Caching With Apache's mod_cache On Debian Etch - Page 2

2.2 mod_mem_cache

The mod_mem_cache configuration is located in /etc/apache2/mods-available/mem_cache.conf:

vi /etc/apache2/mods-available/mem_cache.conf   
<IfModule mod_mem_cache.c>
        CacheEnable mem /
        MCacheSize 4096
        MCacheMaxObjectCount 100
        MCacheMinObjectSize 1
        MCacheMaxObjectSize 2048

This is the default configuration - if you like you can modify it. A list of configuration directives for mod_mem_cache is available here:

Now let's enable mod_cache and mod_mem_cache as follows:

a2enmod cache
a2enmod mem_cache

/etc/init.d/apache2 force-reload

That's it already! With mod_mem_cache, you don't have to clean up any cache directories.


3 Testing

Unfortunately mod_cache doesn't provide any logging functionalities which is bad if you want to know if logging is working. Therefore I create a small PHP test file, /var/www/cachetest.php, that sends out HTTP headers that tell mod_cache that it should cache the file for 300 seconds, and that simply prints the timestamp:

vi /var/www/cachetest.php
header("Cache-Control: must-revalidate, max-age=300");
header("Vary: Accept-Encoding");
echo time()."<br>";

Now call that file in a browser - it should display the current time stamp. Then click in the browser's address bar and press ENTER so that the page gets loaded again (don't press F5 or the reload button - this will always fetch a fresh copy from the server instead of the cache!) - if all goes well, you should still see the old, cached timestamp. If you wait 300 seconds, you should get a fresh copy from the server instead of the cache.


4 HTTP Headers

Caching doesn't work out-of-the-box - you must modify your web application so that caching can work (it is possible that your web application already supports caching - please consult the documentation of your application to find out). mod_cache will cache web pages only if the HTTP headers sent out by your web application tell it to do so.

Here are some examples of headers that tell mod_cache not to cache:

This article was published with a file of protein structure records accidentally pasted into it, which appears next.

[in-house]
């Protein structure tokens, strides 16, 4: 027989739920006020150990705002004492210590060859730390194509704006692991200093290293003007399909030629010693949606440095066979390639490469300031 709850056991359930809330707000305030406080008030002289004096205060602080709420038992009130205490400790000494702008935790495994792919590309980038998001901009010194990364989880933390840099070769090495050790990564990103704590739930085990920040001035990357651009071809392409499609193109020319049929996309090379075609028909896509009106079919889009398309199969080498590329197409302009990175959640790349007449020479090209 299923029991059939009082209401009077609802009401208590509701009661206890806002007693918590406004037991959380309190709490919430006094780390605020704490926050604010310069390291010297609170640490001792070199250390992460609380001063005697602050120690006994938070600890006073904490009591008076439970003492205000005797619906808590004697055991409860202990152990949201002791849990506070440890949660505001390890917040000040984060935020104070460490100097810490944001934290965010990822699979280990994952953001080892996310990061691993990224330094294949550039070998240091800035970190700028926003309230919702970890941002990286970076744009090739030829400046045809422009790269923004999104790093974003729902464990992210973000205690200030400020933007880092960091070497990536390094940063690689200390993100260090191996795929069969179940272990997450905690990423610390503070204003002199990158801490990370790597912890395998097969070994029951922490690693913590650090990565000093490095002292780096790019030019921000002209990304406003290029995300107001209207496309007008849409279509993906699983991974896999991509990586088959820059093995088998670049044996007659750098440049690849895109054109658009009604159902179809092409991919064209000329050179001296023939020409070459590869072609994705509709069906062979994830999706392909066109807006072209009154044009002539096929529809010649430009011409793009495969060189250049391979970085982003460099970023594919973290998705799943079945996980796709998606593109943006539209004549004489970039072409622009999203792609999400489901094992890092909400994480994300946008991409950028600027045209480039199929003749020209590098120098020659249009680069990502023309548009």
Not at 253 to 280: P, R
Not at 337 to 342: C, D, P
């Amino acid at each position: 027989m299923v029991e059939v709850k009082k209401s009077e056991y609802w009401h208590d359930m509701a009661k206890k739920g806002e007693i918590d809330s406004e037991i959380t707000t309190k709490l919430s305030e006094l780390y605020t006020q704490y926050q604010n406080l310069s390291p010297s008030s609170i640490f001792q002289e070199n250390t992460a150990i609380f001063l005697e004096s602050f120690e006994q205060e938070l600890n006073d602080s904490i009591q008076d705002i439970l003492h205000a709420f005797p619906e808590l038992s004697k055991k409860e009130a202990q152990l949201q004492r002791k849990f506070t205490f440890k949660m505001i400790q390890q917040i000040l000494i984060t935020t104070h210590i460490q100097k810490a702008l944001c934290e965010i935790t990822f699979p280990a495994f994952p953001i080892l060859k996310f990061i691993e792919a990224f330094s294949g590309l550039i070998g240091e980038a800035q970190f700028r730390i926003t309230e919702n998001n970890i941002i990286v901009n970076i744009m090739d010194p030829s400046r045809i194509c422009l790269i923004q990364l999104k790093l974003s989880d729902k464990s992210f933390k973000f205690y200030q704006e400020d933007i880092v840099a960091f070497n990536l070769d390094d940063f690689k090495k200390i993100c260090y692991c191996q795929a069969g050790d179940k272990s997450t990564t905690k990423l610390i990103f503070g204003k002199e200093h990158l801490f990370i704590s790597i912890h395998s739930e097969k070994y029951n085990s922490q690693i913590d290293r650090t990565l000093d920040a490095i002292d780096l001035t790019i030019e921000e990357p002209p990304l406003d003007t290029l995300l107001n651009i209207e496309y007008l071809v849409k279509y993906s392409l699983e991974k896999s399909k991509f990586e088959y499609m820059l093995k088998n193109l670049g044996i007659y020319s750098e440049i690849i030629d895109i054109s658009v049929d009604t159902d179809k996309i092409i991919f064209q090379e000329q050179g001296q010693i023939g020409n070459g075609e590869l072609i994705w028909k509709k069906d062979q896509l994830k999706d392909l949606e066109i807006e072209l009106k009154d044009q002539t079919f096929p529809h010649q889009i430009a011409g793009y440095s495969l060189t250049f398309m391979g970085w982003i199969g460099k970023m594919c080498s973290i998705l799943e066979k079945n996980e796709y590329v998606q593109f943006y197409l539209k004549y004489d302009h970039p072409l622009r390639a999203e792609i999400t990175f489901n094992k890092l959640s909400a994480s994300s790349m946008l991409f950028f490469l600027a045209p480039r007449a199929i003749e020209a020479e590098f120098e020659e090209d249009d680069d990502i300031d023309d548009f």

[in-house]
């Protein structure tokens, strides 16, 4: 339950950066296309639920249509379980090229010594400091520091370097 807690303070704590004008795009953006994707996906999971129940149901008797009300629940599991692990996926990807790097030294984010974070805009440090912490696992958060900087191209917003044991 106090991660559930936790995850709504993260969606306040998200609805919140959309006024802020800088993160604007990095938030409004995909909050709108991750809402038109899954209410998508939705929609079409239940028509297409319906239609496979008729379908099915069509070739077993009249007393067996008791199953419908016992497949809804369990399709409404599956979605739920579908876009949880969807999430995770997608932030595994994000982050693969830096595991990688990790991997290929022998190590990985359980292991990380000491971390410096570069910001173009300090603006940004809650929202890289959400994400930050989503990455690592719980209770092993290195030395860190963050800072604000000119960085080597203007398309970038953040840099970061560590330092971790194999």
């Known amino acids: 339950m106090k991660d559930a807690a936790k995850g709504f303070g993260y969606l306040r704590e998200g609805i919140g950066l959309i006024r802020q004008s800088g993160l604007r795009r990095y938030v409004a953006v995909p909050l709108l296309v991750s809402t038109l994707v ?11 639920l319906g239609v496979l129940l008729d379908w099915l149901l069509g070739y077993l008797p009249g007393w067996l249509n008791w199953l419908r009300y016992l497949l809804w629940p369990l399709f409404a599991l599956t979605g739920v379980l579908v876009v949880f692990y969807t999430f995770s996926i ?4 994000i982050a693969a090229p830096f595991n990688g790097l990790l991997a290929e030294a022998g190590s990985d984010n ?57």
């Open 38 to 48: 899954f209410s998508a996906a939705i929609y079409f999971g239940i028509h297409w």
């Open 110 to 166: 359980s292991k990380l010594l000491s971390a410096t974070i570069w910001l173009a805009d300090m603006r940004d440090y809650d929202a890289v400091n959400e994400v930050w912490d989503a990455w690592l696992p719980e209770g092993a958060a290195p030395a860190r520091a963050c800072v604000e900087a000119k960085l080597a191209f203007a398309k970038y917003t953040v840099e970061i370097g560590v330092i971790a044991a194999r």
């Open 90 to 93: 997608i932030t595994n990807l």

• Expires headers with a date in the past: "Expires: Sun, 19 Nov 1978 05:00:00 GMT"
  • Certain Cache-Control headers: "Cache-Control: no-store, no-cache, must-revalidate" or "Cache-Control: must-revalidate, max-age=0"
  • Set-Cookie headers: a page will not be cached if a cookie is set.

So if you want mod_cache to cache your pages, modify your application to not send out such headers.

If you want mod_cache to cache your pages, you can set an Expires header with a date in the future, but the recommended way is to use max-age:

"Cache-Control: must-revalidate, max-age=300"

This tells mod_cache to cache the page for 300 seconds (max-age) - unfortunately mod_cache doesn't know the s-maxage option (see, that's why we must use the max-age option (which also tells your browser to cache - please keep this in mind if you get unexpected results!). If mod_cache knew the s-maxage option, we could use "Cache-Control: must-revalidate, max-age=0, s-maxage=300" which would tell mod_cache, but not the browser, to cache the page.

Of course, this header is useless if you send out one of the non-caching headers (Expires in the past, Set-Cookie, etc.) from above at the same time!

Another very important header for caching is this one:

"Vary: Accept-Encoding"

This makes mod_cache keep two copies of each cached page, one compressed (gzip) and one uncompressed so that it can deliver the right version depending on the capabilities of the user-agent/browser. Some user-agents don't understand gzip compression, so they should get the uncompressed version.

So here's the summary: use the following two headers if you want mod_cache to cache:

"Cache-Control: must-revalidate, max-age=300"
"Vary: Accept-Encoding"

and make sure that no Expires with a date in the past, cookies, etc. are sent.

If your application is written in PHP, you can use PHP's header() function to send out HTTP headers, e.g. like this:

header("Cache-Control: must-revalidate, max-age=300");
header("Vary: Accept-Encoding");

This page is a must-read if you want to learn more about HTTP headers and caching:


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4 Comment(s)

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By: Simon Holywell

If you set the Pragma header to no-cache it will also stop mod_cache from caching your webpage.

By: bl0m5t3r

yes it is possible, i use the following statement in my .htaccess

<IfModule mod_headers.c>
# Turn on Expires and set default to 0
ExpiresActive On
ExpiresDefault A0
# Set up caching on media files for 1 year (forever?)
<FilesMatch "\.(flv|ico|pdf|avi|mov|ppt|doc|mp3|wmv|wav)$">
ExpiresDefault A29030400
Header append Cache-Control "public"

# Set up caching on media files for 6 month
<FilesMatch "\.(gif|jpg|jpeg|png|swf)$">
ExpiresDefault A14515200
Header append Cache-Control "public"
# Set up 1 month caching on commonly updated files
<FilesMatch "\.(xml|txt|html|css|js)$">
ExpiresDefault A2419200
Header append Cache-Control "proxy-revalidate"
# Force no caching for dynamic files
#<FilesMatch "\.(php|cgi|pl|htm)$">
#ExpiresActive Off
#Header set Cache-Control "private, no-cache, no-store, proxy-revalidate, no-transform"
#Header set Pragma "no-cache"

I guess with the above example you can adjust it to every one of your sites.

By: Norio

I have multiple sites on my server.  Some can be cached for 10 minutes, others for 1 minute, others for days at a time.  Is it possible to have a separate configuration for each using .htaccess files or something?

By: raghu

The cachetest.php behaves in the same way though i enable or disable mod_cache